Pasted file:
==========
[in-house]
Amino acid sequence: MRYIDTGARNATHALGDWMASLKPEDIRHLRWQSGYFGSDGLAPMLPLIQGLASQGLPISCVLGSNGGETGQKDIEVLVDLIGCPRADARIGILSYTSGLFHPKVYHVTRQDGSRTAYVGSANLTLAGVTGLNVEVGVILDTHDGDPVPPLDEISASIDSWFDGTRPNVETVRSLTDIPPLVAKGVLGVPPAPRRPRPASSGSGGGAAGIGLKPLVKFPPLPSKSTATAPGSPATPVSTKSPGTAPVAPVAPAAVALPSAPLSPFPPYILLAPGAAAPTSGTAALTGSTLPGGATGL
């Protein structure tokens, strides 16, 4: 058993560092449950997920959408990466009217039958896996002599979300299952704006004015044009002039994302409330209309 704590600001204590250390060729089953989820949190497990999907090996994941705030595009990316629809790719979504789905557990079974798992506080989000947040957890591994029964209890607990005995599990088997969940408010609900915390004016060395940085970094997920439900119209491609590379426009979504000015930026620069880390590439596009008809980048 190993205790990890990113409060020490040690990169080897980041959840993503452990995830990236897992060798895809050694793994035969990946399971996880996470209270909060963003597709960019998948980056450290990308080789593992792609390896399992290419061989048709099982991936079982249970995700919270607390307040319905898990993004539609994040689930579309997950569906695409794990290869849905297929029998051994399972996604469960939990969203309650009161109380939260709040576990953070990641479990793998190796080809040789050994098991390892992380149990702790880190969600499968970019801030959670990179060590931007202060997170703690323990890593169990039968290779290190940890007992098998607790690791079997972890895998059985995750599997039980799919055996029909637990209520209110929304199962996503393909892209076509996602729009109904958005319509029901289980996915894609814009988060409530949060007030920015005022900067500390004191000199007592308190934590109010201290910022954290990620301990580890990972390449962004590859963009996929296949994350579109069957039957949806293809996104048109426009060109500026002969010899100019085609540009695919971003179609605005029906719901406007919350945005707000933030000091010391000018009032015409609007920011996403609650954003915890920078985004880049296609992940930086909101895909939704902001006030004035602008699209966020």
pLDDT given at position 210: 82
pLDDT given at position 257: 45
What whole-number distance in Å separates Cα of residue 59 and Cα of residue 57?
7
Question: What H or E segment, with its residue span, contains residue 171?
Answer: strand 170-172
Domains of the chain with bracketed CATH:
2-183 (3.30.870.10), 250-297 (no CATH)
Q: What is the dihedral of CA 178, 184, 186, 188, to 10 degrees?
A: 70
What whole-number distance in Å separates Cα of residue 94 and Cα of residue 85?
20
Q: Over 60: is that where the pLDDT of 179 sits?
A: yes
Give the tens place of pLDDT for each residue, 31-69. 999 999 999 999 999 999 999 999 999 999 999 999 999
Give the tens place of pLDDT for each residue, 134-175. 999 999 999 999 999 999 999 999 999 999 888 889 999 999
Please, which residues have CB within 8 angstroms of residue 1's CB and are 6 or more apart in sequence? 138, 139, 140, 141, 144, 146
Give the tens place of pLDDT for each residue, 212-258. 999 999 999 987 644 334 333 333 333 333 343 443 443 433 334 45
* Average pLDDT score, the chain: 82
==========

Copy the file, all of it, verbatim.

[in-house]
Amino acid sequence: MRYIDTGARNATHALGDWMASLKPEDIRHLRWQSGYFGSDGLAPMLPLIQGLASQGLPISCVLGSNGGETGQKDIEVLVDLIGCPRADARIGILSYTSGLFHPKVYHVTRQDGSRTAYVGSANLTLAGVTGLNVEVGVILDTHDGDPVPPLDEISASIDSWFDGTRPNVETVRSLTDIPPLVAKGVLGVPPAPRRPRPASSGSGGGAAGIGLKPLVKFPPLPSKSTATAPGSPATPVSTKSPGTAPVAPVAPAAVALPSAPLSPFPPYILLAPGAAAPTSGTAALTGSTLPGGATGL
């Protein structure tokens, strides 16, 4: 058993560092449950997920959408990466009217039958896996002599979300299952704006004015044009002039994302409330209309 704590600001204590250390060729089953989820949190497990999907090996994941705030595009990316629809790719979504789905557990079974798992506080989000947040957890591994029964209890607990005995599990088997969940408010609900915390004016060395940085970094997920439900119209491609590379426009979504000015930026620069880390590439596009008809980048 190993205790990890990113409060020490040690990169080897980041959840993503452990995830990236897992060798895809050694793994035969990946399971996880996470209270909060963003597709960019998948980056450290990308080789593992792609390896399992290419061989048709099982991936079982249970995700919270607390307040319905898990993004539609994040689930579309997950569906695409794990290869849905297929029998051994399972996604469960939990969203309650009161109380939260709040576990953070990641479990793998190796080809040789050994098991390892992380149990702790880190969600499968970019801030959670990179060590931007202060997170703690323990890593169990039968290779290190940890007992098998607790690791079997972890895998059985995750599997039980799919055996029909637990209520209110929304199962996503393909892209076509996602729009109904958005319509029901289980996915894609814009988060409530949060007030920015005022900067500390004191000199007592308190934590109010201290910022954290990620301990580890990972390449962004590859963009996929296949994350579109069957039957949806293809996104048109426009060109500026002969010899100019085609540009695919971003179609605005029906719901406007919350945005707000933030000091010391000018009032015409609007920011996403609650954003915890920078985004880049296609992940930086909101895909939704902001006030004035602008699209966020």
pLDDT given at position 210: 82
pLDDT given at position 257: 45
What whole-number distance in Å separates Cα of residue 59 and Cα of residue 57?
7
Question: What H or E segment, with its residue span, contains residue 171?
Answer: strand 170-172
Domains of the chain with bracketed CATH:
2-183 (3.30.870.10), 250-297 (no CATH)
Q: What is the dihedral of CA 178, 184, 186, 188, to 10 degrees?
A: 70
What whole-number distance in Å separates Cα of residue 94 and Cα of residue 85?
20
Q: Over 60: is that where the pLDDT of 179 sits?
A: yes
Give the tens place of pLDDT for each residue, 31-69. 999 999 999 999 999 999 999 999 999 999 999 999 999
Give the tens place of pLDDT for each residue, 134-175. 999 999 999 999 999 999 999 999 999 999 888 889 999 999
Please, which residues have CB within 8 angstroms of residue 1's CB and are 6 or more apart in sequence? 138, 139, 140, 141, 144, 146
Give the tens place of pLDDT for each residue, 212-258. 999 999 999 987 644 334 333 333 333 333 343 443 443 433 334 45
* Average pLDDT score, the chain: 82